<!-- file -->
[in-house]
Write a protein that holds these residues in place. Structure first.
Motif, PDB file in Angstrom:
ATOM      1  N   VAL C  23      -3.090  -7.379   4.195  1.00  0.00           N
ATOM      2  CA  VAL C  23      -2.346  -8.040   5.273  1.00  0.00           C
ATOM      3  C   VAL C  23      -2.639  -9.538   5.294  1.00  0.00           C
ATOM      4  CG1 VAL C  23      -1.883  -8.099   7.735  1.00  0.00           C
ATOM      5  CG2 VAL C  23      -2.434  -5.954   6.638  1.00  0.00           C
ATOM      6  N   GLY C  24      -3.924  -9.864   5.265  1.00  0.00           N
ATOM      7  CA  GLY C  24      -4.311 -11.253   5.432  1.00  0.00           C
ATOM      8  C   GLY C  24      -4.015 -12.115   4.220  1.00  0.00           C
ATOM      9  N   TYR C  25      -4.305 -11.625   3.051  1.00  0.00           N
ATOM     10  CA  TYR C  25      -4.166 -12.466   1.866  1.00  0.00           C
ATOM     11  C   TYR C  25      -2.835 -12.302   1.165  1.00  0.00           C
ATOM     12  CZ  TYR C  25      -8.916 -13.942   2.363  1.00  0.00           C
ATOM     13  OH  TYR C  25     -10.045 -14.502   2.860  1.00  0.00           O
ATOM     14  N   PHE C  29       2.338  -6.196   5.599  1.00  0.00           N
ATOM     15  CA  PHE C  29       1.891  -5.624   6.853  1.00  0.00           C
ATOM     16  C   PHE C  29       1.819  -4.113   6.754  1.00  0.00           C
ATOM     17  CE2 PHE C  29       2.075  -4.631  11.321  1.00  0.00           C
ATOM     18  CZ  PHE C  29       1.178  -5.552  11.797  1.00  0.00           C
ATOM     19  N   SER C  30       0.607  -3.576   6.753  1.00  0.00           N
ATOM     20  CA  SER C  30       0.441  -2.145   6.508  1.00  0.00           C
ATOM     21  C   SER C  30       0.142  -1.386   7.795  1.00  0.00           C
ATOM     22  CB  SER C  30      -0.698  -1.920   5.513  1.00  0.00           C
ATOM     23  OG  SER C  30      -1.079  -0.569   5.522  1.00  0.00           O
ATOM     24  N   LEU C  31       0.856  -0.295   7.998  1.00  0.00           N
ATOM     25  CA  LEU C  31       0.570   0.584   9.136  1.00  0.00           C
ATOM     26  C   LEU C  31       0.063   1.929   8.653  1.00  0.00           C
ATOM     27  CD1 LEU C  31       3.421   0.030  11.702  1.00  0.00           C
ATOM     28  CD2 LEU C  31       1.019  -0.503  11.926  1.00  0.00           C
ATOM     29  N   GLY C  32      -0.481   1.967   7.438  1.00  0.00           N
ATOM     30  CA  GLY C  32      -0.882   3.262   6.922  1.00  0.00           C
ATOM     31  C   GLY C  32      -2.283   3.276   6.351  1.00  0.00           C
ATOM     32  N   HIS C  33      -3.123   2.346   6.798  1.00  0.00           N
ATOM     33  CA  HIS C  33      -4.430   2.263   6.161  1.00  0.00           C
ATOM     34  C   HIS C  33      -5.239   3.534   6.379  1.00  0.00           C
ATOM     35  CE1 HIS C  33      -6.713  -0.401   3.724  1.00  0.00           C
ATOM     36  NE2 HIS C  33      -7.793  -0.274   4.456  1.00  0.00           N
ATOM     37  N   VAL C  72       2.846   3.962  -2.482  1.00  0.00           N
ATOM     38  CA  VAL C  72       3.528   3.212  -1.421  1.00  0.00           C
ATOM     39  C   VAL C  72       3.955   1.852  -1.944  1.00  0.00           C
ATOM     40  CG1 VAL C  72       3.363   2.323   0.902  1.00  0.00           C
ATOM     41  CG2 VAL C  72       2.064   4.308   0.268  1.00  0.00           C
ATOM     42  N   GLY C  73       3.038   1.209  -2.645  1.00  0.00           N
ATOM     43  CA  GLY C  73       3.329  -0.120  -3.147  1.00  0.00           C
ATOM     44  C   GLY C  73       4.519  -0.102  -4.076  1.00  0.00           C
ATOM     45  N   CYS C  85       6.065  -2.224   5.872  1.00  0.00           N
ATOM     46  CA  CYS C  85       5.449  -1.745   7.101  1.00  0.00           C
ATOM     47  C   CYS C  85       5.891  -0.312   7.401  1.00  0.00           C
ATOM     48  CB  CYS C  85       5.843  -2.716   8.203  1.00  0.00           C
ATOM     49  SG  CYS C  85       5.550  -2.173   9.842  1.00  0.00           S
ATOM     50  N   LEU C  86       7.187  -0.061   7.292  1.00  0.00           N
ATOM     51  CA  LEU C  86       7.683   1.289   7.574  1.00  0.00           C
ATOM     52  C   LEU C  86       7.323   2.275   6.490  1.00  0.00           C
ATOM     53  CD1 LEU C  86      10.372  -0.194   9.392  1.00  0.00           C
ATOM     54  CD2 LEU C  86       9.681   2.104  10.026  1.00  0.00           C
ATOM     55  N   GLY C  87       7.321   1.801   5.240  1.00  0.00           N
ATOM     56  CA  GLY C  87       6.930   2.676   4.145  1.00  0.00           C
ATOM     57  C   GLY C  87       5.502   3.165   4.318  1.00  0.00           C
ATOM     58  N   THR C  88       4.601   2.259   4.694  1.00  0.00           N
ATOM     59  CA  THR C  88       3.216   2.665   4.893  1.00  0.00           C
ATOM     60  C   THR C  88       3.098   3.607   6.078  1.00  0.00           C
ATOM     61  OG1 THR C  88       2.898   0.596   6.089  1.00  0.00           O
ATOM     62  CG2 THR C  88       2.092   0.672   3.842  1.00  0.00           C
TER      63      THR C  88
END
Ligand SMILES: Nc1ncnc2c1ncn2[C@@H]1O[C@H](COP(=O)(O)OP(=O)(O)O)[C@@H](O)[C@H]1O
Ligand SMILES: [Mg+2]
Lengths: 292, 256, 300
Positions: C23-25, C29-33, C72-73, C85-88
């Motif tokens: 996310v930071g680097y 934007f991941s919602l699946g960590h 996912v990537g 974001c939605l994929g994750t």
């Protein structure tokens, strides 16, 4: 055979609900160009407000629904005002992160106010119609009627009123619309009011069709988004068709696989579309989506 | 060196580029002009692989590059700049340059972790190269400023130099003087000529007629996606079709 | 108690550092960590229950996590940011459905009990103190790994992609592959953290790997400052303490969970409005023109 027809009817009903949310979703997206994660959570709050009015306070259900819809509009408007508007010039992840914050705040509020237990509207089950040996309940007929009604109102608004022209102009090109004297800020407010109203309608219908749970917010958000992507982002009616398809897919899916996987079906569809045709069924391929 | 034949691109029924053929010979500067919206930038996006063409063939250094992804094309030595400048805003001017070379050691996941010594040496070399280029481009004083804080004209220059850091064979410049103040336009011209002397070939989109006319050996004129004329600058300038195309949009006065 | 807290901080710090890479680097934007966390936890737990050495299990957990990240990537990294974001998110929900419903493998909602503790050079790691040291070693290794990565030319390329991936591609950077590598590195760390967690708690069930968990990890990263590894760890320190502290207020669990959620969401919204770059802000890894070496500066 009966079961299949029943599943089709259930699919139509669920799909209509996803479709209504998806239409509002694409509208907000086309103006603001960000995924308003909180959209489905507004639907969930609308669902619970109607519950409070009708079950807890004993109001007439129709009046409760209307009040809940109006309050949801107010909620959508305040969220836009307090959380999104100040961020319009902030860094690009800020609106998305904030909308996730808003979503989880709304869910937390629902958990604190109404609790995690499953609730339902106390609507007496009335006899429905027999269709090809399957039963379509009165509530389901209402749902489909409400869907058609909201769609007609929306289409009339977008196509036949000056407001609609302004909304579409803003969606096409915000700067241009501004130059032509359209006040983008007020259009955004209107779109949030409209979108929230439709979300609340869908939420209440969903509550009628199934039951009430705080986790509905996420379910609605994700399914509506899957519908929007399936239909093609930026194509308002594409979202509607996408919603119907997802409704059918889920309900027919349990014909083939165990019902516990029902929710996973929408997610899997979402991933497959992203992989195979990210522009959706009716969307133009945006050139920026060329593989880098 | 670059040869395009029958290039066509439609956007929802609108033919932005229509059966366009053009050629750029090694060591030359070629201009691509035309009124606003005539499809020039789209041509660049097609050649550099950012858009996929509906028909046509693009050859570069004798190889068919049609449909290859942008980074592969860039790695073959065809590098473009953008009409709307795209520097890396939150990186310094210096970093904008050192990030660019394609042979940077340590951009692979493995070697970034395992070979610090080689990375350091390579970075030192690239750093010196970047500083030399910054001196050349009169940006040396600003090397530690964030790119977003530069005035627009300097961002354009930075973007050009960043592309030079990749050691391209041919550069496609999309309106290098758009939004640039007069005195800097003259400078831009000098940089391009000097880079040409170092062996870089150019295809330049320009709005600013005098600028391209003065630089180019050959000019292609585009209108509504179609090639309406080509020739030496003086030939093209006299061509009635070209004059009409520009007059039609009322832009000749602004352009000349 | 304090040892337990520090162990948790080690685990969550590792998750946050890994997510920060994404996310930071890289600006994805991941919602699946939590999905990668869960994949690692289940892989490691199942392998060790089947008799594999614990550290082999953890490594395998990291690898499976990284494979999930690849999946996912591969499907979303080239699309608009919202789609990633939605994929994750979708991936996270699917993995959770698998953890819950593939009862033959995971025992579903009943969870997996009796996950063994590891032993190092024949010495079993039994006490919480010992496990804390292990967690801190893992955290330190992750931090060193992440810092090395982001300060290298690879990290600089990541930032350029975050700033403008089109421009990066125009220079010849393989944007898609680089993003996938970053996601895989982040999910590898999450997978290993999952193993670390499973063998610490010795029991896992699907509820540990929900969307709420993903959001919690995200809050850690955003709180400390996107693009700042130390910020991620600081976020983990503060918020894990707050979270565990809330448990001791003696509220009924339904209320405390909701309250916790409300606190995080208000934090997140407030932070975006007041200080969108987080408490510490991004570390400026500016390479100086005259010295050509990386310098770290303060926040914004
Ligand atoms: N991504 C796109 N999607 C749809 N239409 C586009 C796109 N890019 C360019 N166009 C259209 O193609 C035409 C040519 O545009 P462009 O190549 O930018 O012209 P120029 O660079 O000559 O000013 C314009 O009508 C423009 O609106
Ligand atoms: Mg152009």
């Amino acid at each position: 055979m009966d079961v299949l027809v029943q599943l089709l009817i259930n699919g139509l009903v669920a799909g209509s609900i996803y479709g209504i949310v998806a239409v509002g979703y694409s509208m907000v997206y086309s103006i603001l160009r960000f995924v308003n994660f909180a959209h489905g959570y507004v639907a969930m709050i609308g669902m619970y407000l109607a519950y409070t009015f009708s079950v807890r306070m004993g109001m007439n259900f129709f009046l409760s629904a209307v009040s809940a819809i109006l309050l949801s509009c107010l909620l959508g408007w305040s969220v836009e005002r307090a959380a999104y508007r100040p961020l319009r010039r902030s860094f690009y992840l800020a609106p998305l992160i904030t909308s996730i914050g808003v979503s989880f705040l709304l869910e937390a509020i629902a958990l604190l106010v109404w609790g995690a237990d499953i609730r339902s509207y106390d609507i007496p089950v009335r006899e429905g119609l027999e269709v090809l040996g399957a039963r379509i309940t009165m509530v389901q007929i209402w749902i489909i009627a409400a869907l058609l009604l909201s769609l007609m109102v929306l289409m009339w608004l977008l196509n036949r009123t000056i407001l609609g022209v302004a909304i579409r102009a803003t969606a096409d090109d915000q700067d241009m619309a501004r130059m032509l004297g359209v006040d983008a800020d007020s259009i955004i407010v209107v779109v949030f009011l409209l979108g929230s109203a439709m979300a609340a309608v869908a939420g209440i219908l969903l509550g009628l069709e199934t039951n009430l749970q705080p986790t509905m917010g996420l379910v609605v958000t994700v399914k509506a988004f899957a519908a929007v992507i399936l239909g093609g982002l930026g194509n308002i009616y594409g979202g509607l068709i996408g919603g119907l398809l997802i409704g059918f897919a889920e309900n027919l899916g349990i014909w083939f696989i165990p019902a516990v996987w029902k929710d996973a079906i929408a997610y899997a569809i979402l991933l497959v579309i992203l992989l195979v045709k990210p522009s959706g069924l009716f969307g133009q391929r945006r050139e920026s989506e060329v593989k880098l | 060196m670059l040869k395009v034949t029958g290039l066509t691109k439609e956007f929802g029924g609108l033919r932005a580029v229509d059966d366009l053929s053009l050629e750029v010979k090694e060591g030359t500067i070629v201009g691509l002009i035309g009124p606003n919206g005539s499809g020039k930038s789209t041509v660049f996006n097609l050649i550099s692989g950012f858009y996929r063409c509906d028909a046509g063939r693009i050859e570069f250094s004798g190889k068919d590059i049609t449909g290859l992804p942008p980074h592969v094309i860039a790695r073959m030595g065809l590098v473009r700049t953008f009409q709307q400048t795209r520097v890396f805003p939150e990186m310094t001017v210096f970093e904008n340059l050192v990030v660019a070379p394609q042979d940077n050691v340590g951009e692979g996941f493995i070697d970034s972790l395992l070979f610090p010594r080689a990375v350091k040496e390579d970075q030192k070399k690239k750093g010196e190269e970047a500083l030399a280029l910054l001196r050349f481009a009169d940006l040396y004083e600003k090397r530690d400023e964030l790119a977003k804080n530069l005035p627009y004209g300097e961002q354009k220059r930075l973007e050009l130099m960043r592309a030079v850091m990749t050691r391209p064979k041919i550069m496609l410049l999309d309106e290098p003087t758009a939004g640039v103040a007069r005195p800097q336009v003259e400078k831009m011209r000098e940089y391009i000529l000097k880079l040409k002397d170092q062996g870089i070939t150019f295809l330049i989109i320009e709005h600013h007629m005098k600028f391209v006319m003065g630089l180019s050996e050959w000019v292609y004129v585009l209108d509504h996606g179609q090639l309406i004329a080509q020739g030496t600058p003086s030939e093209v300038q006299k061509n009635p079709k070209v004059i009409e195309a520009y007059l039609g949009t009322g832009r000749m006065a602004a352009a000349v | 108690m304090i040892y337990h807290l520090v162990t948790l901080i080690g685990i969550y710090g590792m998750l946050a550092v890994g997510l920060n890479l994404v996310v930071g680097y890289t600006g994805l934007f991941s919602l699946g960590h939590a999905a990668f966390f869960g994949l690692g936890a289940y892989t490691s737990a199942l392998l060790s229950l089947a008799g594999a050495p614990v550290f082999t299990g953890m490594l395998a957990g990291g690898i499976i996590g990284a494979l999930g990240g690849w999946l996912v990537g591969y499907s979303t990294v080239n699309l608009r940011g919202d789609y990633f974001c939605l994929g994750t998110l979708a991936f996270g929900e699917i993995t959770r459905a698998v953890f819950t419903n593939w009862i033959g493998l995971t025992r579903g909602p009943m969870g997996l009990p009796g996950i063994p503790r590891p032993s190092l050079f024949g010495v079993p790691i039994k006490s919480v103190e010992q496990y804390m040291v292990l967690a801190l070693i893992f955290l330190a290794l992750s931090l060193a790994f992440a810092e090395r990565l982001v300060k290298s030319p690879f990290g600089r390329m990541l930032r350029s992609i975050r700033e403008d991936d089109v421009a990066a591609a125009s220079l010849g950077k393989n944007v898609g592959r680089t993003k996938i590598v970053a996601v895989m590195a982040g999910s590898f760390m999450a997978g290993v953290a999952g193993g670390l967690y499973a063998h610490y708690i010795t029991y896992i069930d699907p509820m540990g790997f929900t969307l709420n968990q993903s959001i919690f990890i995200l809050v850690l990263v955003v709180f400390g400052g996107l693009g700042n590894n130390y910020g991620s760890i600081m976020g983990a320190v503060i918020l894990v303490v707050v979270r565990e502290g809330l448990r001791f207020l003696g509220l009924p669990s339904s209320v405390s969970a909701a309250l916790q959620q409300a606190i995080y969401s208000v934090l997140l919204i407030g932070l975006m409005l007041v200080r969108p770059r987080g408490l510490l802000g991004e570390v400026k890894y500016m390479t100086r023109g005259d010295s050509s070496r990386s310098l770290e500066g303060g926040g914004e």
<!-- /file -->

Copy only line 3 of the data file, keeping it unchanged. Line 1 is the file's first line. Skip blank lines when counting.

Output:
Motif, PDB file in Angstrom: